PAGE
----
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Bud's Take

I recently received a phone call from a customer that wanted to know why they should use a cylindrical roller bearing (CRB) over a deep groove ball bearing (DGBB). My first thought was, no problem this will be easy. As I hit the books the crystal clear idea I had in my mind wasn’t so easy to explain.

Picture 1 & 2
Picture 1: Mobil Polyrex EM in bearing

What do the books say?

Most books simply showed the difference between the two bearings. I discussed these differences in “Bud’s Take” issue 24 & 25 found on midpoint.eis-inc.com. All major manufacturers use similar “not-so” crystal clear charts to help select the bearing. In their defense, the manufacturers generalize knowing their bearings can be used in thousands of different applications.

At a quick glance of the two charts shown above, you could conclude that the CRB is the clear choice. The chart shows it to be superior in radial load, including vibration or impact with high speed. But if axial load, combined loading and misalignment are present the DGBB is the best choice. If low noise is required the DGBB is by far the best choice.


Now that I’ve confused you, let’s unpack this and see if we can find a fact supported answer.

In my bearings 101 “Bud’s Take” articles I defined a bearing as a highly engineered machine component that allows parts to turn or slide. The two general categories of bearings are sliding surface bearings (plain or journal) and rolling contact bearings. The three major functions of bearings are to carry load, reduce friction and position moving machine parts.

In comparing the CRB and DGBB we must also re-visit line contact vs. point contact. Roller bearings generally carry more load than a ball bearing due to line contact. The large contact area they have may generate more friction resulting in lower limiting speeds. All bearings need an amount of load to avoid skidding. Due to mass and contact area of a roller minimum loading is critical to achieve proper rolling and avoid skidding damage. This damage will shorten bearing life.

Inside diameter (d), outside diameter (D), Width (B) and should radius (r) are identical. The NU315 has significantly higher dynamic (Cr) and static (Cor) load ratings. Limiting speed in oil is identical but the DGBB has higher limiting speed in grease.

Picture 3: point and Line Contact
Picture 3: Point and Line Contact
Chart 2: Basic Dimensions of 6315 & NU315
Chart 2: Basic Dimensions of 6315 & NU315

Bearing Life

If you only consider load rating, the CRB appears the better choice. The key is if there is axial load, and how much. In calculating the bearing life the dynamic equivalent load rating is necessary in understanding how axial load affects the DGBB. Below a specific ratio the axial load does not affect the bearing life in a DGBB where any axial load in the application deems the CRB ineffective.


Without getting too deep into bearing life calculations, I will highlight how axial load affects the CRB and DGBB. I ran a few basic life calculations and logged my finding in chart 3:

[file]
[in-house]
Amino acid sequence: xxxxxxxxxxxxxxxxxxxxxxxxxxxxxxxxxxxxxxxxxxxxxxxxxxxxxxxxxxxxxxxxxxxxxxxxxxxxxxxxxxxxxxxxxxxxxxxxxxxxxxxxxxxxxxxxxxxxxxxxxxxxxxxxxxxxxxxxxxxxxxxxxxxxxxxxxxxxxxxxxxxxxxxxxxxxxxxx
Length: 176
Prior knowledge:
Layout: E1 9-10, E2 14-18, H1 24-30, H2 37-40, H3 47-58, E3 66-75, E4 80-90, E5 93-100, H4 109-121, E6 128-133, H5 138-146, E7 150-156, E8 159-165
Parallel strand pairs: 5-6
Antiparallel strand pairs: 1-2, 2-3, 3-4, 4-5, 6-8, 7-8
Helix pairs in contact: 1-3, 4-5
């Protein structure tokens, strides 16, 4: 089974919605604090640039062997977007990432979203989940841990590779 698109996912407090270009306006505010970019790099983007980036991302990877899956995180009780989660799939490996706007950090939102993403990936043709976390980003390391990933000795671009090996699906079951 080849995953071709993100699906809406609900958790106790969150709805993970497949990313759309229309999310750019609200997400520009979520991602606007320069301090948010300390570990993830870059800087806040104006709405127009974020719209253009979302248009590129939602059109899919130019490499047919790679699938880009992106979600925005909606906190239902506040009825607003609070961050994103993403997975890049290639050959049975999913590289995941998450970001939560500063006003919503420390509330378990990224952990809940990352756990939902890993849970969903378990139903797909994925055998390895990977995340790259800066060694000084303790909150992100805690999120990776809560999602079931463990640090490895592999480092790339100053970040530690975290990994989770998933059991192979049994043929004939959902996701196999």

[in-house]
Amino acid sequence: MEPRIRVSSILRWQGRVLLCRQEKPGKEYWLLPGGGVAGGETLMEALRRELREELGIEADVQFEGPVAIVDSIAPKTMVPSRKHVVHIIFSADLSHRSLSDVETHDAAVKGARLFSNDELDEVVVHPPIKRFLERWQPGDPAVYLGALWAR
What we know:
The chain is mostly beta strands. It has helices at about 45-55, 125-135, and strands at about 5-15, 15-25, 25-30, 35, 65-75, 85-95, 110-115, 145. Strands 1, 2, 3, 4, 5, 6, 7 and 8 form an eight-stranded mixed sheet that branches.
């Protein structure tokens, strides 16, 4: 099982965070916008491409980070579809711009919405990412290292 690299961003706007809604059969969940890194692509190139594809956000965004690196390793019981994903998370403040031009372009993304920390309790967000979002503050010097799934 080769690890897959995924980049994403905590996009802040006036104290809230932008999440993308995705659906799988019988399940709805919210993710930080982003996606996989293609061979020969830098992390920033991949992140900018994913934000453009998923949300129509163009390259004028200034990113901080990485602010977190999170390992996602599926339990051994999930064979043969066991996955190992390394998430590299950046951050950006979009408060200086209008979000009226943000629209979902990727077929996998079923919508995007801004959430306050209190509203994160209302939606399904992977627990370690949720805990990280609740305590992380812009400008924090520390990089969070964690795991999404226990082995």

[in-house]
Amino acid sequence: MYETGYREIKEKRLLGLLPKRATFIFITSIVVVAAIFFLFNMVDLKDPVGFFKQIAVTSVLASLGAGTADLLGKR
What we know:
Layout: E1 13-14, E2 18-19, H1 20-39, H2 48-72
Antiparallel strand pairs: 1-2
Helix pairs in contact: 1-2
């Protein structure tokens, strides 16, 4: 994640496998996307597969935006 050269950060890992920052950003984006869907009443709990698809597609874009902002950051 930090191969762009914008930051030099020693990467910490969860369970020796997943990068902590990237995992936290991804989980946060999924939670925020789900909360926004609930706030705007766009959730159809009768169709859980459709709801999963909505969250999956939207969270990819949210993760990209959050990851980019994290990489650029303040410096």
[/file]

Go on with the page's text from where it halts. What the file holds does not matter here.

Looking at the results you can clearly see that the CRB handles radial load much better than the DGBB. If axial load is present the CRB loses it advantage. The chart also displays how the low ratio of axial to radial load doesn’t affect bearing life of a DGBB.

Limiting Speed and Lubrication

Returning to chart 2, perhaps a little confusing, we see both the CRB and DGBB have the same limiting speed in oil. I am not going to focus on oil, but I want to point out that this limiting speed in oil is expecting an oil system that keeps the oil clean, filtered and at an acceptable temperature.

In grease, the NU315 has a limiting speed of 3,800 rpm. The 6315 is 4,200 rpm. In our life example chart 3 we are only running 1,800 rpm so it is easy to conclude that there is nothing to worry about. Reviewing the grease fill interval we find that the estimated additional grease required for the CRB is due every 3,100 hours (4.2 months) while the DGBB is estimated at 6,300 hours (8.6 months.)

The 2nd part of this chart is the temperature coefficient. The coefficient provides a multiplier that reduces the calculated hours based on operating temperatures. For example if our two bearings were running 185°F we would multiple by 0.5. This would result in 3100*0.5 = 1,550 hours, 6300*0.5 = 3,150 hours.

Chart 4: Grease Feeding Interval Chart
Chart 4: Grease Feeding Interval Chart
Chart 5: Temperature Correction Coefficient
Chart 5: Temperature Correction Coefficient


Going back to the original question, why would we use a cylindrical roller bearing over a deep groove ball bearing?

A common answer would be to not over-engineer the application. If the DGBB meets the application requirement, use the DGBB. Other advantages of the DGBB are they are more cost effective and have the ability to employ seals or shields. In the electric motor world, if your motor is direct coupled the drive end bearing should be a DGBB.

If your application has impact, vibration or heavy radial loading the protection of a CRB would be advised. Very important to ensure you have little or no axial load or another bearing to carry the axial load before choosing the CRB. Also ensure that you have the ability to maintain your proper grease feeding interval. If you repair electric motors and the motor will be in a belted application it is common practice to use a CRB on the drive end.

If you have any questions, comments, ideas for future topics please feel free to contact me directly at [email protected]